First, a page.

Consumer Financial Protection Bureau Warns Mortgage Lenders to Assist Struggling Customers

The U.S. Consumer Financial Protection Bureau is warning mortgage lenders around the country to continue offering practical assistant to consumers who may be delinquent in their mortgage payments, promising oversight of the lending industry to ensure adherence to consumer safety regulations. The CFPB said in a report this month that it surveyed 16 different mortgage providers and found that “some populations of borrowers at these servicers may have difficulty establishing live contact and obtaining assistance from some servicers.” Additionally, the bureau found that “growing numbers of borrowers are exiting COVID-19 hardship forbearances in a delinquent status, and some servicers are substantially underperforming their peers in key effectiveness metrics.” The CFPB said that lenders should “enhance their communication capabilities and outreach…

Government Agrees to Expedited Hearing on ‘Unlawful’ Eviction Ban

A group of landlords suing the federal government over its current eviction ban has been granted an expedited hearing on the matter, with the government itself agreeing to that schedule, though the ultimate date of the court’s decision remains uncertain. In a filing late last week, the Alabama Association of Realtors said the White House had agreed to a rapid filing-and-response schedule for this week, one that requires the government’s opposition filing to be in place by Tuesday and the realtors’ response to be logged by Wednesday morning. The court subsequently granted that request. Both parties have requested a final ruling on the matter by Thursday morning, though it’s unclear if the court will be able to accomplish that quick…

Mass. Bill Would Promote ‘Equitable Housing Recovery’ Ahead of Looming Eviction Crisis

A bill currently working its way through the Massachusetts legislature would, if passed, institute an “equitable housing recovery” process in that state to fix what advocates say is a looming crisis of evictions after more than a year of the COVID-19 crisis. The bill would “prevent COVID-19 evictions and foreclosures and promote an equitable housing recovery,” in part by forbidding landlords from commencing evictions unless they had “exhausted all available opportunities, and worked in good faith, to obtain short-term emergency rental assistance” for their tenets. The advocacy group Homes for All Massachusetts hailed the bill as one that would “prevent displacement, ensure timely and equitable distribution of rental assistance, and promote racial and economic equity.” Massachusetts, like many states, has…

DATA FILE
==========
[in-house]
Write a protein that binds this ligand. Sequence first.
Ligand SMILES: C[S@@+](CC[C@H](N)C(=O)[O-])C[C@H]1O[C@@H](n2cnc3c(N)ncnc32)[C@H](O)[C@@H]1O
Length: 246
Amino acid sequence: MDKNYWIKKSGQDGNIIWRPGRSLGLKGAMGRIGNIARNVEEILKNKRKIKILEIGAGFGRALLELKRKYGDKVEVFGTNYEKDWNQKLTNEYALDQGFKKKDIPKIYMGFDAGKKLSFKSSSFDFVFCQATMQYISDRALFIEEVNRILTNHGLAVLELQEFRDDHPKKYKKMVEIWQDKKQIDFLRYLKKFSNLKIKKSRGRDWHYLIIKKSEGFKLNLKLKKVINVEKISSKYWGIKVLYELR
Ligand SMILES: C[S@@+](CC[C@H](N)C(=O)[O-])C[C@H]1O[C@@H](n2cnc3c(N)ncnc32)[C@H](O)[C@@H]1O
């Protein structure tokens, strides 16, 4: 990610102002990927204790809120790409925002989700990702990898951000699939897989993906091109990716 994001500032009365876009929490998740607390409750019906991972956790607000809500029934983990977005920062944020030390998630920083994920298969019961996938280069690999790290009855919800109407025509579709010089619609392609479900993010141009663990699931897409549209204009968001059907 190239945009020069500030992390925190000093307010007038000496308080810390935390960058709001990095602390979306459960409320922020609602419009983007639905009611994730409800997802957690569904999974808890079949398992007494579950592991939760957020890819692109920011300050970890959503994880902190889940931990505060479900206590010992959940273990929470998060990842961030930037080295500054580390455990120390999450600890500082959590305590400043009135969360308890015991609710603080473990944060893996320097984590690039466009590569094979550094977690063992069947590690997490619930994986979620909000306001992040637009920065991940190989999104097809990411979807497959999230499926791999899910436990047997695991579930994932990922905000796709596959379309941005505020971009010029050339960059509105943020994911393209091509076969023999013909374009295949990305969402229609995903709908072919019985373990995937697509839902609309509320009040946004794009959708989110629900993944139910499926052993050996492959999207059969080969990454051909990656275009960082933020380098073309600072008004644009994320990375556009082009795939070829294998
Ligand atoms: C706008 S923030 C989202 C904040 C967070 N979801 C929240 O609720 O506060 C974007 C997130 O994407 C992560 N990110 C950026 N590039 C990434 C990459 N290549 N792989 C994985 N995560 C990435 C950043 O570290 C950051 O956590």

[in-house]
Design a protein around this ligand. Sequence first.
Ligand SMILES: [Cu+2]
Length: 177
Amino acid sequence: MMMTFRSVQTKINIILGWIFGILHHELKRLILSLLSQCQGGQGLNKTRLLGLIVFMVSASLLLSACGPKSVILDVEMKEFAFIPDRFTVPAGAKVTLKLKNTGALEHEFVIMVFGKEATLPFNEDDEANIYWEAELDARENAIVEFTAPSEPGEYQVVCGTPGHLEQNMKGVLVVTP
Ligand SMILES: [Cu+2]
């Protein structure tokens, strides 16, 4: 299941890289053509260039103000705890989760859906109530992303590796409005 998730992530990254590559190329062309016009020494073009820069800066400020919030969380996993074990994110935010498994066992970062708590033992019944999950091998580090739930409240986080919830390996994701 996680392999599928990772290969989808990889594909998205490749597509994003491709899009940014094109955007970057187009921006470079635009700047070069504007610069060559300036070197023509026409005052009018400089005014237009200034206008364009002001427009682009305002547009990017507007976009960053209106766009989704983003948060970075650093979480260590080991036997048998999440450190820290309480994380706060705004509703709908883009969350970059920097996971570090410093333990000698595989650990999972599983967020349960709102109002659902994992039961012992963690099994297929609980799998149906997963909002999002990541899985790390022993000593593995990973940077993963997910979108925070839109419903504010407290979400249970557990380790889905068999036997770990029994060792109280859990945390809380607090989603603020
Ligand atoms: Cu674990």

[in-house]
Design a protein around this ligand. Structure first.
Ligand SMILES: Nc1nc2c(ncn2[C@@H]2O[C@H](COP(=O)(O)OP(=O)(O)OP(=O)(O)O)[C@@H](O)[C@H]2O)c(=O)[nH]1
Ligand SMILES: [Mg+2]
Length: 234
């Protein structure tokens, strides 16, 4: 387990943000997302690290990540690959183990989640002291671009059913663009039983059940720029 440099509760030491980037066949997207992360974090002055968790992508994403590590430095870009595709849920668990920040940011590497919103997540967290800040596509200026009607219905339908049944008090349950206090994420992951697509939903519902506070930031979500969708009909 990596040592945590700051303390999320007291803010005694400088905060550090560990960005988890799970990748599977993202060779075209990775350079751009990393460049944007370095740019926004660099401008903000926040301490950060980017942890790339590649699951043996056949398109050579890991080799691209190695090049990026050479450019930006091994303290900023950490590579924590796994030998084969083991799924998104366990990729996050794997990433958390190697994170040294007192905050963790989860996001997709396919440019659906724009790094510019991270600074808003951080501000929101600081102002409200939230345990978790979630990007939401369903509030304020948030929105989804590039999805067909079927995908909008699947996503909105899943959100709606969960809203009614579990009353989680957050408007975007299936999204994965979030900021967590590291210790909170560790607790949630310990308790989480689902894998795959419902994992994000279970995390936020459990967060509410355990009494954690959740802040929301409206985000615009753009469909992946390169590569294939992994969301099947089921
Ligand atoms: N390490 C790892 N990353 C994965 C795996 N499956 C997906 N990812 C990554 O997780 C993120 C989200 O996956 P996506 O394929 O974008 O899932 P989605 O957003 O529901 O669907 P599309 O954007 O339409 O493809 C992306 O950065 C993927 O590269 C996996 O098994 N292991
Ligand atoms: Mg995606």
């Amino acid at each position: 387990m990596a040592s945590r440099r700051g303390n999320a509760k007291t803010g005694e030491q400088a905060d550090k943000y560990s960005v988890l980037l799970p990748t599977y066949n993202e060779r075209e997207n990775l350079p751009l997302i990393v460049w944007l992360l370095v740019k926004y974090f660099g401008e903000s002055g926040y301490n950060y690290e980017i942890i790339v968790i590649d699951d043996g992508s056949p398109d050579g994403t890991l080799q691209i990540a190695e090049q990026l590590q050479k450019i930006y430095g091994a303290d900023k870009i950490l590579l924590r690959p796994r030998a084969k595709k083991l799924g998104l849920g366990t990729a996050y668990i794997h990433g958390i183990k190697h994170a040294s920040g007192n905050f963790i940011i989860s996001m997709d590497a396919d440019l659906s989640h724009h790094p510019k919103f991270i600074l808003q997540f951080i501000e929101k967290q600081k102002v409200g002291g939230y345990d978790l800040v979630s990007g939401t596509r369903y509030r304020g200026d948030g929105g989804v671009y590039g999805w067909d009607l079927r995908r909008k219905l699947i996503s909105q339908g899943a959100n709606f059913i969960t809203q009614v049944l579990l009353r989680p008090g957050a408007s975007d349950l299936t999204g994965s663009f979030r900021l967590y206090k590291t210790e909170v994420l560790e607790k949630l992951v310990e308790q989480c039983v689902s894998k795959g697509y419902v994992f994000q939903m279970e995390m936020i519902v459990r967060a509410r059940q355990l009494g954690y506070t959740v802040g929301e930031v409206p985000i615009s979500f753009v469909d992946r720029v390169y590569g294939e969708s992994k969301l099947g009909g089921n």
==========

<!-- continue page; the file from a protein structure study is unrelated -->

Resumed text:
Amid Low Housing Stock, Are Millennial Homebuyers Driving the Shortage?

One possible explanation for the sharp decrease in housing stock throughout the U.S.? Demographics. Some analysts believe a wave of Millennial homebuyers are at least partially responsible for the severe housing crunch that has sent U.S. home prices skyrocketing and launched a seemingly endless frenzy in which buyers are competing in a cutthroat market for a dwindling supply of homes. Data indicate that Millennials form the largest share of current homebuyers: Older and younger members of that group make up nearly 40 percent of all homebuyers today, according to data from the National Association of Retailers. Millennials still make up the smallest share of U.S. homeowner demographics, but data from Apartment List show that, among major U.S. age groups, their…

Senator leads effort to repeal CDC’s eviction moratorium

A U.S. senator this week launched a long-shot effort to repeal the eviction moratorium put in place by the U.S. Centers for Disease Control and Prevention, a gambit which comes amid the moratorium’s uncertain constitutional standing. Penn. Sen. Pat Toomey introduced the resolution in the Senate on Wednesday; if passed, it would order that the moratorium “shall have no force or effect” under U.S. law. Pursuant to the resolution, Toomey asked the Government Accountability Office to determine whether or not the CDC’s order formally counts as a “rule” under GAO regulations. “Though the CDC did not pursue notice and comment rulemaking, the eviction moratorium appears to be generally applicable, prospective in nature, and designed to interpret law,” Toomey wrote. It…